We understand how important the language that we use is, especially when it comes to shaping narratives around migration and migratised communities. That’s why we have dedicated this section of our website to exploring the ramifications of certain language, and to show solidarity to migratised communities by standing up against harmful narratives. Our hope is a society in which the migrant experience is respected in all of its multitudes, and we know that the words we use are an integral part of making this happen.
In this section, we will be debunking the terms “illegal immigration”, “refugee crisis” and “integration”. We will also be questioning some common talking-points around unity, deservingness, the economy, and whiteness. Please navigate to the menu at the bottom of this page to explore these topics in more detail.
Migration: key definitions
Migration defines the phenomenon of human movement. The migration of communities and peoples across land and sea has occurred as long as there have been humans…
If you would like to find out more about some key definitions relating to migrants and migration, then please click here.
“All creatures orient to home… Green turtles hatch and go down to the sea, where they travel many thousands of miles, sometimes for ten years or twenty. When ready to lay their eggs, they retrace their journey back to the very patch of beach where they were born. Some birds annually fly for thousands of miles, losing as much as half their body weight, in order to mate in their birthplace… Nearly every creature shares some version of this deep attachment to a place in which life has been known to flourish, the kind of place we call home….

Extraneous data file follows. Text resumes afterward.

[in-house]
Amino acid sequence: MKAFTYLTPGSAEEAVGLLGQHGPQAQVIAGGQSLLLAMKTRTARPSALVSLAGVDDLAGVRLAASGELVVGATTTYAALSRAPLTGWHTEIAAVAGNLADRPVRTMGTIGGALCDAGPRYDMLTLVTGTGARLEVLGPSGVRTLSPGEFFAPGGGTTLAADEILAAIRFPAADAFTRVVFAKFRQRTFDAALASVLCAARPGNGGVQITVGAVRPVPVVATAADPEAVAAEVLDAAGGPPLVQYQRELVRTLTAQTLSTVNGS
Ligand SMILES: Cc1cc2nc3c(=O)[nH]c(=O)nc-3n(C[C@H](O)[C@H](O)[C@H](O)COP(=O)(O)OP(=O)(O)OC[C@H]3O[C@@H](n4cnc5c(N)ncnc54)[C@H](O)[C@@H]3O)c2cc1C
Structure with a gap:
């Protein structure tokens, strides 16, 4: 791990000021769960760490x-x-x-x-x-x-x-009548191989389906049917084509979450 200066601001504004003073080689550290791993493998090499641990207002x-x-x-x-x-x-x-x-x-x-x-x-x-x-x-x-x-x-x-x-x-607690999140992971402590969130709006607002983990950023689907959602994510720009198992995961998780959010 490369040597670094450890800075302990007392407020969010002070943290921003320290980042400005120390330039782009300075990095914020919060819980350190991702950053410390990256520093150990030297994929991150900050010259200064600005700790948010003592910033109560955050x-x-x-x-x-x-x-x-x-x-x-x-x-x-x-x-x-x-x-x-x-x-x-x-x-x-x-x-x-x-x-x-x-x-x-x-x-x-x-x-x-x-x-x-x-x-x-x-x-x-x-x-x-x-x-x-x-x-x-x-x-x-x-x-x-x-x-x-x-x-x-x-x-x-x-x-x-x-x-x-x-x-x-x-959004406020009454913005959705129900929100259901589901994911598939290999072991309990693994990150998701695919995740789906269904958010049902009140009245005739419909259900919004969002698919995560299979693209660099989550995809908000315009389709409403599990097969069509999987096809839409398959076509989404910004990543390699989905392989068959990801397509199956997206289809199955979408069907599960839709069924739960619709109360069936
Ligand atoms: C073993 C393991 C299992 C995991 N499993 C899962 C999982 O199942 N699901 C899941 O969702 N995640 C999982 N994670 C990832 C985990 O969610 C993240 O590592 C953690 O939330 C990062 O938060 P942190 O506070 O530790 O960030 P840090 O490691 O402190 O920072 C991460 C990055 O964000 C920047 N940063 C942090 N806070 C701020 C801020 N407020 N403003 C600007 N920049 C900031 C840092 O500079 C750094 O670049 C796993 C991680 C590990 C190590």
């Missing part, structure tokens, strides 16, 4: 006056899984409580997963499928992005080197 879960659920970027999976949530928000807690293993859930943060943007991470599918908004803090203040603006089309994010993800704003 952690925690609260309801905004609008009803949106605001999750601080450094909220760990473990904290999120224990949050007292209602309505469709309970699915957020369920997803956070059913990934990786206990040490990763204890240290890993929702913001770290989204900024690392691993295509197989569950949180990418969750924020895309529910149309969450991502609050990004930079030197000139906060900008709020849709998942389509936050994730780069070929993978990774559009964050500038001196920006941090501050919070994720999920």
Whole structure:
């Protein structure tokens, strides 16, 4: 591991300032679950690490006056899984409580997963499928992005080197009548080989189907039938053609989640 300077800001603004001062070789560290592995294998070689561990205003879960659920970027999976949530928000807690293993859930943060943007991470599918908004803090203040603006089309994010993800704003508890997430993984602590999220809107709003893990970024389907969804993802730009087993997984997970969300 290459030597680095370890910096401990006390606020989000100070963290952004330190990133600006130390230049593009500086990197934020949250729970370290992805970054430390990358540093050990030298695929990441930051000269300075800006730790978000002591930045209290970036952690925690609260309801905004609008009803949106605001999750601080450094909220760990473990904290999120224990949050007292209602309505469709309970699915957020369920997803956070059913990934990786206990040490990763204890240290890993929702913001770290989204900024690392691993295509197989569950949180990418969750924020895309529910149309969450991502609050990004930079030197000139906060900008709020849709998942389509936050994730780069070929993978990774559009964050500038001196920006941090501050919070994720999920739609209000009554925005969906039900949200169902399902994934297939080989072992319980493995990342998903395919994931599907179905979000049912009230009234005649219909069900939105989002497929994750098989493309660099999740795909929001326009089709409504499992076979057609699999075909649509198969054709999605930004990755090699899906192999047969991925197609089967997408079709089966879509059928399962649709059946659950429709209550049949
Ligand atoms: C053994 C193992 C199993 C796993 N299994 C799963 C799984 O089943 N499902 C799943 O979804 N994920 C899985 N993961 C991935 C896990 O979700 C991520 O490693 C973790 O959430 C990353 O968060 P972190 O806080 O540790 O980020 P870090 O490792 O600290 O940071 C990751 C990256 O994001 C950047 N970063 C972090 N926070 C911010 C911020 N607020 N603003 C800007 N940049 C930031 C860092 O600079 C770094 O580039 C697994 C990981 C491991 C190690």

It is in the nature of human attachment that every journey and expulsion sets into motion the search for home… there is a universally shared ache to return to the place we left behind or to found a new home in which our hopes for the future can nest and grow… Because our brains are larger than those of birds and sea turtles, we know that it is not always possible, or even desirable, to return to the same patch of earth. Home need not always correspond to a single dwelling or place… Home is where we know and where we are known, where we love and are beloved. Home is… sanctuary: part freedom, part flourishing… part refuge, part prospect”.Shoshana Zuboff, ‘The Age of Surveillance Capitalism’